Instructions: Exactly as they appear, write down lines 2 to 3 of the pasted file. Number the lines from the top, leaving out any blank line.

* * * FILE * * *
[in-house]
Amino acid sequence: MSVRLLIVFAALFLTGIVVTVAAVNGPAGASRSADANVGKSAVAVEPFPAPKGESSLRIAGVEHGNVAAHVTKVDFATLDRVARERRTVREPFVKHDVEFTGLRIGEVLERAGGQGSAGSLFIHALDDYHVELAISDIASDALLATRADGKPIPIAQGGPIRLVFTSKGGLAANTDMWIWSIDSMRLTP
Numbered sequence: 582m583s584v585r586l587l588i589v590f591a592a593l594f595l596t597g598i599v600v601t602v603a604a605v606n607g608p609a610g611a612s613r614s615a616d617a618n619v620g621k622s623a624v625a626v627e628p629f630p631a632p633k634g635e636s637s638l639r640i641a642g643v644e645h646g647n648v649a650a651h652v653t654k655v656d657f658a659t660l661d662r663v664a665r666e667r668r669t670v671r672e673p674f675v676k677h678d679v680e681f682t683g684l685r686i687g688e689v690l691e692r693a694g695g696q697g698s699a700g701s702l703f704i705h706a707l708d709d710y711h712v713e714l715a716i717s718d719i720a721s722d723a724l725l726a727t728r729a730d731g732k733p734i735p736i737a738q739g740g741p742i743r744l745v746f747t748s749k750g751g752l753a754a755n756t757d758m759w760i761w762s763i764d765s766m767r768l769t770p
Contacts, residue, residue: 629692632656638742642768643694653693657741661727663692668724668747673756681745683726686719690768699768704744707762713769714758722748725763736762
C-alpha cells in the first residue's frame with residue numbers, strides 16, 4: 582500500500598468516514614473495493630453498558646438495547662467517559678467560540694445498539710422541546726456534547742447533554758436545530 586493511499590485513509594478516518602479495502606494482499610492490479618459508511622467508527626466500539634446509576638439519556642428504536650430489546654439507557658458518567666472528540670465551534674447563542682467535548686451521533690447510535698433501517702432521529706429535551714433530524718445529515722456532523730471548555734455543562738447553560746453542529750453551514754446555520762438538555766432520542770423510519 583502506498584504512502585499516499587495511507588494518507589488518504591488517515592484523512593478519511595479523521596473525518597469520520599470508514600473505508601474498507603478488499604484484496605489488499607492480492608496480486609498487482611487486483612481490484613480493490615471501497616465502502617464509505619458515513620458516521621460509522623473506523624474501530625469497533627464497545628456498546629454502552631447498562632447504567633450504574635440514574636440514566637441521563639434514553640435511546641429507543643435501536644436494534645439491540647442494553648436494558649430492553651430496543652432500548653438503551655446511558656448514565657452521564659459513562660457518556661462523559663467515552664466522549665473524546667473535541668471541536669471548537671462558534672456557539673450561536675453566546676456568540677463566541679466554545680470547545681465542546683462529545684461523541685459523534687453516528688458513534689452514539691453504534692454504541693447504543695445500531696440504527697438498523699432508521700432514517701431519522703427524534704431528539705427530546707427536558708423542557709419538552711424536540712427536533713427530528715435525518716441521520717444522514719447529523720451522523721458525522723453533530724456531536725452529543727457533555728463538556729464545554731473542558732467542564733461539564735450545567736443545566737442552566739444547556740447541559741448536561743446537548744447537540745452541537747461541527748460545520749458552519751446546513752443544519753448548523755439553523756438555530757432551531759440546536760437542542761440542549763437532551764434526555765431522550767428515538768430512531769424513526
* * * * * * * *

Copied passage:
Amino acid sequence: MSVRLLIVFAALFLTGIVVTVAAVNGPAGASRSADANVGKSAVAVEPFPAPKGESSLRIAGVEHGNVAAHVTKVDFATLDRVARERRTVREPFVKHDVEFTGLRIGEVLERAGGQGSAGSLFIHALDDYHVELAISDIASDALLATRADGKPIPIAQGGPIRLVFTSKGGLAANTDMWIWSIDSMRLTP
Numbered sequence: 582m583s584v585r586l587l588i589v590f591a592a593l594f595l596t597g598i599v600v601t602v603a604a605v606n607g608p609a610g611a612s613r614s615a616d617a618n619v620g621k622s623a624v625a626v627e628p629f630p631a632p633k634g635e636s637s638l639r640i641a642g643v644e645h646g647n648v649a650a651h652v653t654k655v656d657f658a659t660l661d662r663v664a665r666e667r668r669t670v671r672e673p674f675v676k677h678d679v680e681f682t683g684l685r686i687g688e689v690l691e692r693a694g695g696q697g698s699a700g701s702l703f704i705h706a707l708d709d710y711h712v713e714l715a716i717s718d719i720a721s722d723a724l725l726a727t728r729a730d731g732k733p734i735p736i737a738q739g740g741p742i743r744l745v746f747t748s749k750g751g752l753a754a755n756t757d758m759w760i761w762s763i764d765s766m767r768l769t770p